Winter Rye

The hardiest of cereals, rye can be seeded later in fall than other cover crops and still provide considerable dry matter, an extensive soil-holding root system, significant reduction of nitrate leaching and exceptional weed suppression. Inexpensive and easy to establish, rye outperforms all other cover crops on infertile, sandy or acidic soil or on poorly prepared land. It is widely adapted, but grows best in cool, temperate zones.

Taller and quicker-growing than wheat, rye can serve as a windbreak and trap snow or hold rainfall over winter. It overseeds readily into many high-value and agronomic crops and resumes growth quickly in spring, allowing timely killing by rolling, mowing or herbicides. Pair rye with a winter annual legume such as hairy vetch to offset rye’s tendency to tie up soil nitrogen in spring.

Rye is the best cool-season cereal cover for absorbing unused soil Nitrogen (a nutrient “catch” crop) It has no taproot, but rye’s quick-growing, fibrous root system can take up and hold as much as 100 lb. N/A until spring, with 25 to 50 lb. N/A more typical [1]. Early seeding is better than late seeding for scavenging N [2].

A Maryland study credited rye with holding 60 percent of the residual N that could have leached from a silt loam soil following intentionally over-fertilized corn [3]. A Georgia study estimated rye captured from 69 to 100 percent of the residual N after a corn crop [4].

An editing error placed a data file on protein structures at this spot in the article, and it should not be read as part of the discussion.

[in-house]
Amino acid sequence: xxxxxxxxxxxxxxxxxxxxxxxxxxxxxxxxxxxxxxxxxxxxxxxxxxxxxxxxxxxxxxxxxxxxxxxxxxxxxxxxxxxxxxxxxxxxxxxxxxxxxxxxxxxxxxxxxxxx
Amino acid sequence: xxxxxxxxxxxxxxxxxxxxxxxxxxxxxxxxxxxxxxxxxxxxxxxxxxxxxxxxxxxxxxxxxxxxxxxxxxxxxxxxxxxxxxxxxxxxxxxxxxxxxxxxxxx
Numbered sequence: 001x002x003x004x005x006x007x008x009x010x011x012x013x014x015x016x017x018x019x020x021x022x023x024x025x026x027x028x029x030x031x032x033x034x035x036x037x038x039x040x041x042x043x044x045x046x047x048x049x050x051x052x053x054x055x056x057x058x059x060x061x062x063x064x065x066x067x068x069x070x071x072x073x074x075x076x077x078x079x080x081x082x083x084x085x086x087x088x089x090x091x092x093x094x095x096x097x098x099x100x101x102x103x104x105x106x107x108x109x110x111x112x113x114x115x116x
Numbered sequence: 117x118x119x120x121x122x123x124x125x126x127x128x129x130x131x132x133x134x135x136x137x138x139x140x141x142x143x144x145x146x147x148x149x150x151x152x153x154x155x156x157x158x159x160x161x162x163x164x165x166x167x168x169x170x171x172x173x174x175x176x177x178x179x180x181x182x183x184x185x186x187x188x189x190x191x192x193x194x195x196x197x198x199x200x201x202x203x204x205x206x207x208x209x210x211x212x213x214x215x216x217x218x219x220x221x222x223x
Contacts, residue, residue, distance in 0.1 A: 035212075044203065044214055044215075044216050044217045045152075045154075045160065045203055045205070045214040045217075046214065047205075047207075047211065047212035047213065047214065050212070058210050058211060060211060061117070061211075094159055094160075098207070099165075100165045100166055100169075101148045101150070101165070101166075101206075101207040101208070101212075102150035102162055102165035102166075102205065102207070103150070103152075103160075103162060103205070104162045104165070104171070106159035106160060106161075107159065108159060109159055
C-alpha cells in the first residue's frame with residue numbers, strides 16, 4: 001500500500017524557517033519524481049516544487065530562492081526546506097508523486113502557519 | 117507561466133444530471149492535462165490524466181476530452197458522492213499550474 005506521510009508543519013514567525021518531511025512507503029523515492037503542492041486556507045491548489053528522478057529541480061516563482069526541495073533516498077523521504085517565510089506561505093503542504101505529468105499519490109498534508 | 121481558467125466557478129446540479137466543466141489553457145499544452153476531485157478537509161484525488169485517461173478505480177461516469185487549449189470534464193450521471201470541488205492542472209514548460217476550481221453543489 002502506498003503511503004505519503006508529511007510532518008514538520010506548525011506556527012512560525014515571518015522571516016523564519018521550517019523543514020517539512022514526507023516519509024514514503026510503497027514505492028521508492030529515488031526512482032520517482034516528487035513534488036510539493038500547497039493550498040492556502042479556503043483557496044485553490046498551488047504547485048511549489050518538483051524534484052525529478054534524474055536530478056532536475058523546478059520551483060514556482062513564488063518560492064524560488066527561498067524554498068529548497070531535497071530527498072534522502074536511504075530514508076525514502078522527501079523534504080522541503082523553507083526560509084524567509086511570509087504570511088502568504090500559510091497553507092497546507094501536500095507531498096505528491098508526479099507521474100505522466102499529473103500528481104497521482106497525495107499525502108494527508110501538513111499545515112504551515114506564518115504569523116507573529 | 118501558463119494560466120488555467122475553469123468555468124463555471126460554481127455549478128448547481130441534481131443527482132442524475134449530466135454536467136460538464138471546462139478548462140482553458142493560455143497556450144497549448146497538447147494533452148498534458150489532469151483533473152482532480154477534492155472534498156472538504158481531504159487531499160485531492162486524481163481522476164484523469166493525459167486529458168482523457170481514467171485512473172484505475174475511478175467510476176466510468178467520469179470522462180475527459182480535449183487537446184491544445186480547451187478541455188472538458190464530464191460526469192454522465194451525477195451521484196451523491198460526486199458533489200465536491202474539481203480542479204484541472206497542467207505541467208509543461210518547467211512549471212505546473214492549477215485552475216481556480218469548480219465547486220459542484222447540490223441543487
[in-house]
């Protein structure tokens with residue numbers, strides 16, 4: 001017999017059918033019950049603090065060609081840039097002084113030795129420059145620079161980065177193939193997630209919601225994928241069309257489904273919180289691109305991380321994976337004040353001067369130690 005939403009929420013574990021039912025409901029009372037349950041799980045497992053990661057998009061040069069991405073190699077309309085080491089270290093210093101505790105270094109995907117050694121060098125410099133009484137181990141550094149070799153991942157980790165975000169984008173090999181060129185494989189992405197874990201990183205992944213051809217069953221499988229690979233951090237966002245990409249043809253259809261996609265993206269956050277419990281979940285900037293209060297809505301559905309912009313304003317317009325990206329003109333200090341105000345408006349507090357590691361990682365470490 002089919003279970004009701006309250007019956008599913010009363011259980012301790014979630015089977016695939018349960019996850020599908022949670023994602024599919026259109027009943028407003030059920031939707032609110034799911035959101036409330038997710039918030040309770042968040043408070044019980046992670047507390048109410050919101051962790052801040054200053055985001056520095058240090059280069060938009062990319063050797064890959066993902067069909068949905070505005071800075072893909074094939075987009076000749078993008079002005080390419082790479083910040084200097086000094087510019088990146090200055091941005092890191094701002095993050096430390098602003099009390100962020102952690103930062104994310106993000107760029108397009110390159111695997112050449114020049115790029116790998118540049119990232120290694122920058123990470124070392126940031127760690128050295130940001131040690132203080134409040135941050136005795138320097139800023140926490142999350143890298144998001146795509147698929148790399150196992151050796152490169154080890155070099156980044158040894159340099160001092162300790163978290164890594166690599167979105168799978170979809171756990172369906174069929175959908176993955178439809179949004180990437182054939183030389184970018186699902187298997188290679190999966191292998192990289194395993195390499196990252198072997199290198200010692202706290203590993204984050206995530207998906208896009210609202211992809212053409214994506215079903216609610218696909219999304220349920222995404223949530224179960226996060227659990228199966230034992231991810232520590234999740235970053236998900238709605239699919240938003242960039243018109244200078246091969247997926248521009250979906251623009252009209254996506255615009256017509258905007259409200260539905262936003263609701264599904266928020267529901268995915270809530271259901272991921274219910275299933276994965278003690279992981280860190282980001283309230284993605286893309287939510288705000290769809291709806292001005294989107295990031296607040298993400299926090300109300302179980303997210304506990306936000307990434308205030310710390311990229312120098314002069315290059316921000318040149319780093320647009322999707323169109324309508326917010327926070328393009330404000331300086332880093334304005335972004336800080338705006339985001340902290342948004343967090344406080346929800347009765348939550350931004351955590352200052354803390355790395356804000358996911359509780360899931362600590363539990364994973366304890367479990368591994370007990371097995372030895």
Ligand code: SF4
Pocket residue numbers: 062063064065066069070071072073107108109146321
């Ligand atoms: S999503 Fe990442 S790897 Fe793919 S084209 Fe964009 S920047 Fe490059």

In an Iowa study, overseeding rye or a rye/oats mix into soybeans in August limited leaching loss from September to May to less than 5 lb. N/A [5].

Rye increases the concentration of exchangeable potassium (K) near the soil surface, by bringing it up from lower in the soil profile [6].

Rye’s rapid growth (even in cool fall weather) helps trap snow in winter, further boosting winter hardiness. The root system promotes better drainage, while rye’s quick maturity in spring— compared with other cover crops—can help conserve late-spring soil moisture.
rye cover crip

See Also…

“The earth neither grows old or wears out if it is dunged.”
~ Columella, circa 45 A.D.

References

  1. Legume Cover Crops – Serial Rye
  2. Univ. of Calif. SAREP Cover Crops Resource Page. www.sarep.ucdavis.edu/ccrop
  3. Brinsfield, R. and K. Staver. 1991. Role of cover crops in reduction of cropland nonpoint source pollution. Final Report to USDA-SCS, Cooperative Agreement #25087.
  4. Shipley, P. R. et al.1992. Conserving residual corn fertilizer nitrogen with winter cover crops. Agron. J. 84:869-876.
  5. Jordan, J. L. et al. 1994. An Economic Analysis of Cover Crop Use in Georgia to Protect Groundwater Quality. Research Bulletin #419.Univ. of Georgia, College of Agric. and Environ. Sciences, Athens, GA. 13 pp.
  6. Parkin, T. B., T. C. Kaspar and C. A. Cambardella. 1997. Small grain cover crops to manage nitrogen in the Midwest. Proc. Cover Crops, Soil Quality, and Ecosystems Conference. March 12-14, 1997. Sacramento, Calif. Soil and Water Conservation Society, Ankeny, Iowa.
  7. Eckert, D. J. 1991. Chemical attributes of soils subjected to no-till cropping with rye cover crops. Soil Sci. Soc. Am. J. 55:405-409.

Disclosure: Would you like to support this website? I may receive remuneration for my endorsement or links to any products or services. It doesn’t cost you anything, but helps me cover expenses. Your support is greatly appreciated and a real blessing to me! Thank you! ♥

Leave a Reply

Your email address will not be published. Required fields are marked *